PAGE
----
Quick summary: Your employee benefits package is a key element in retaining a productive workforce. And with today’s economic turbulence fueling insecurity, reminding employees about the real value of those benefits can help them feel a bit less stressed (and perhaps more loyal).
Recent studies have found that benefits often outrank pay when it comes to factors that keep employees on the job. But workers rarely realize that benefits can represent one-fourth to one-third of their total compensation.
So it’s time for a little self-promotion.
Showcase your benefits year round. Small chunks of information shared on a regular basis are more likely to be absorbed. Ongoing communication also is the best way to prepare for changes that may be coming during open enrollment.
Increase awareness. Employees may be used to hearing about medical and dental coverage, life insurance, disability insurance, and retirement plans as part of their benefits package. But they’re unlikely to even realize that offerings such as wellness programs, vacation and sick time, fitness centers, child care centers, employee assistance programs, flexible working arrangements, and more have financial value to them and cost the company money. Take the total value approach to benefits!
Encourage participation. Once employees realize how much the company spends on benefits, they may be more accepting of change, especially if it means saving enough money to avoid layoffs or to allow expansion. They also may better understand the need for cost sharing.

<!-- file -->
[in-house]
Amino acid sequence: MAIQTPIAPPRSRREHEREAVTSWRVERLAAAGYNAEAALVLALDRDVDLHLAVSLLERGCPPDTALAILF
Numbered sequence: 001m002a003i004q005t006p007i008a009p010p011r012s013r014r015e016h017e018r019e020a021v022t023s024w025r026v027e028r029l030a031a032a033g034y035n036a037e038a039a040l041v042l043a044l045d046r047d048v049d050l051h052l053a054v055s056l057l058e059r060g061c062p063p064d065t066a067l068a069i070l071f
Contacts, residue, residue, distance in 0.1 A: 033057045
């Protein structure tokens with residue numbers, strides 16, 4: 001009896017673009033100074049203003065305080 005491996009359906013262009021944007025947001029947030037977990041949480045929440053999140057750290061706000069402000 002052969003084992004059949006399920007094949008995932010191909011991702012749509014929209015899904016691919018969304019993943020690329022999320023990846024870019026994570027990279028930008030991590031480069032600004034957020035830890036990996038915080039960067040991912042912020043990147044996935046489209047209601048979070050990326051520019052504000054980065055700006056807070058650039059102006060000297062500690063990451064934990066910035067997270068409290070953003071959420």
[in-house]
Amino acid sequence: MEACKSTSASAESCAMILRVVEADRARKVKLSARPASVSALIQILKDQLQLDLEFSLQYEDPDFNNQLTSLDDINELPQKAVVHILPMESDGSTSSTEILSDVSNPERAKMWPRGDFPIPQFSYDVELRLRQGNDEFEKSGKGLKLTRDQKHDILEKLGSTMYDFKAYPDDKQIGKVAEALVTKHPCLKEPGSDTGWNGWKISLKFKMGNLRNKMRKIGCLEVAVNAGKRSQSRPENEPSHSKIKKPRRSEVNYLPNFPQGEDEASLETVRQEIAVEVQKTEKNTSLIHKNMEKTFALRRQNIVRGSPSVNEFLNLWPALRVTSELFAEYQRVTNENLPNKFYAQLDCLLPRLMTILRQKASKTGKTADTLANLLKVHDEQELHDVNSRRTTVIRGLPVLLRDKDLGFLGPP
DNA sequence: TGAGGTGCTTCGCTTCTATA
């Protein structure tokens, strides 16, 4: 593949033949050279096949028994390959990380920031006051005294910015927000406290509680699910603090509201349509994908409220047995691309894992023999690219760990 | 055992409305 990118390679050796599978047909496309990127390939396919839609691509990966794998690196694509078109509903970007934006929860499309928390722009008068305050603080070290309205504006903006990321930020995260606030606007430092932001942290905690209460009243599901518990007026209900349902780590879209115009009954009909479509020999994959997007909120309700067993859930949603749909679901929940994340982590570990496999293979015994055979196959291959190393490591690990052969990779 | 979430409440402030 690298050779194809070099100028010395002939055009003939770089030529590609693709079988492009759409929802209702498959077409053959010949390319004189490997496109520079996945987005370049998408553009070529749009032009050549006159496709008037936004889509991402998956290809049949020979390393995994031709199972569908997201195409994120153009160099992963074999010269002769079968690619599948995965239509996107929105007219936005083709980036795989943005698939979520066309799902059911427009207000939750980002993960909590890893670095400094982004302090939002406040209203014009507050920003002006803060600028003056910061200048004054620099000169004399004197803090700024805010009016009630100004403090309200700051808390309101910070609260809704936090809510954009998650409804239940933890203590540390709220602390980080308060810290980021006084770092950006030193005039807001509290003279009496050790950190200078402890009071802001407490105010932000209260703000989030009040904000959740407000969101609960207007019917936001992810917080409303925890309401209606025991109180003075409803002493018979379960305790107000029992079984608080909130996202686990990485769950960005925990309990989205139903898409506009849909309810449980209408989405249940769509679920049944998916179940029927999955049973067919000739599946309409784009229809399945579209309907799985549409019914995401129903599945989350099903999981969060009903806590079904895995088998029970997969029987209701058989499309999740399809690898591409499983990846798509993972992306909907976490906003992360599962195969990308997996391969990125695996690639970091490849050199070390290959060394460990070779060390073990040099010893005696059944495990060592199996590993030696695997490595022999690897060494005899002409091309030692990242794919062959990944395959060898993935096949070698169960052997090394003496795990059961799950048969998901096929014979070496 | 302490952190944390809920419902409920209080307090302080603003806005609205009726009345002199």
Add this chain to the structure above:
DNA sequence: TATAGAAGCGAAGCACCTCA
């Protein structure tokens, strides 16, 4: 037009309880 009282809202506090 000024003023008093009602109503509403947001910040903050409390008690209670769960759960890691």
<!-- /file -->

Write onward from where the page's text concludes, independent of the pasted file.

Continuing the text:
Change behaviors. Benefits promotion also provides education. If you focus on areas where you’d like to change employee behavior, such as lowering the emergency room visits or increasing participation in flexible spending accounts, you also may see a cost savings.
Don’t neglect the little things. While the big benefits like health care draw most of the attention, don’t underestimate the value of offering and promoting low- or no-cost benefits. These might include discounts on recreation and entertainment or lunchtime lectures on topics of interest.
• Use focus groups to assess how familiar your employees are with the benefits they receive. How much do they really know?
• Map out a communications program that allows you to highlight the full range of what’s offered. Feature “typical employee” examples to show the total dollar value of the benefits and spell out your organization’s share of the cost.
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